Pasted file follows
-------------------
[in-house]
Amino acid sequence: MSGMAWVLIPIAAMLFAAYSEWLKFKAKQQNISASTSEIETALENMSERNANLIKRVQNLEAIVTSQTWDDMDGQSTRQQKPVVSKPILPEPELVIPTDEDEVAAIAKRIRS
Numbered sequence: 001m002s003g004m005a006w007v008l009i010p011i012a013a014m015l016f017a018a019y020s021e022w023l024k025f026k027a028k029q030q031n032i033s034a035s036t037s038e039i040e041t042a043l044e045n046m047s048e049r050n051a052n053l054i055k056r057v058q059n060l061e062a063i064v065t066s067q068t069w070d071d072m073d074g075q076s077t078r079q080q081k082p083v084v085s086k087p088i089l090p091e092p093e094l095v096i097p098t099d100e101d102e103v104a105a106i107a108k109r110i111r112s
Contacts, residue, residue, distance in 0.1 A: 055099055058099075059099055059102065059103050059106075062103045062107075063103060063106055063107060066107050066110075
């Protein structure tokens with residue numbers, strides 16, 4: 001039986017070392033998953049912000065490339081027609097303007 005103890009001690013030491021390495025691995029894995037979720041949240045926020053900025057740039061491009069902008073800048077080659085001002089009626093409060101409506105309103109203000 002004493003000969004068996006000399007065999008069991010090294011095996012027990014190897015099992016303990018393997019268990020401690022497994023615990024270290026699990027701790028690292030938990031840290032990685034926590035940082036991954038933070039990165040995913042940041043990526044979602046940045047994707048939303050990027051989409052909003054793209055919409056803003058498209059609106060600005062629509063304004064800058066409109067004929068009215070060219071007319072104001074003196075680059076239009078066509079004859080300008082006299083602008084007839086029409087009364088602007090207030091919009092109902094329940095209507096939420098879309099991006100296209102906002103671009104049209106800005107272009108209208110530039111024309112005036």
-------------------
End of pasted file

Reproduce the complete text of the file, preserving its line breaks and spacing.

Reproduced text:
[in-house]
Amino acid sequence: MSGMAWVLIPIAAMLFAAYSEWLKFKAKQQNISASTSEIETALENMSERNANLIKRVQNLEAIVTSQTWDDMDGQSTRQQKPVVSKPILPEPELVIPTDEDEVAAIAKRIRS
Numbered sequence: 001m002s003g004m005a006w007v008l009i010p011i012a013a014m015l016f017a018a019y020s021e022w023l024k025f026k027a028k029q030q031n032i033s034a035s036t037s038e039i040e041t042a043l044e045n046m047s048e049r050n051a052n053l054i055k056r057v058q059n060l061e062a063i064v065t066s067q068t069w070d071d072m073d074g075q076s077t078r079q080q081k082p083v084v085s086k087p088i089l090p091e092p093e094l095v096i097p098t099d100e101d102e103v104a105a106i107a108k109r110i111r112s
Contacts, residue, residue, distance in 0.1 A: 055099055058099075059099055059102065059103050059106075062103045062107075063103060063106055063107060066107050066110075
């Protein structure tokens with residue numbers, strides 16, 4: 001039986017070392033998953049912000065490339081027609097303007 005103890009001690013030491021390495025691995029894995037979720041949240045926020053900025057740039061491009069902008073800048077080659085001002089009626093409060101409506105309103109203000 002004493003000969004068996006000399007065999008069991010090294011095996012027990014190897015099992016303990018393997019268990020401690022497994023615990024270290026699990027701790028690292030938990031840290032990685034926590035940082036991954038933070039990165040995913042940041043990526044979602046940045047994707048939303050990027051989409052909003054793209055919409056803003058498209059609106060600005062629509063304004064800058066409109067004929068009215070060219071007319072104001074003196075680059076239009078066509079004859080300008082006299083602008084007839086029409087009364088602007090207030091919009092109902094329940095209507096939420098879309099991006100296209102906002103671009104049209106800005107272009108209208110530039111024309112005036």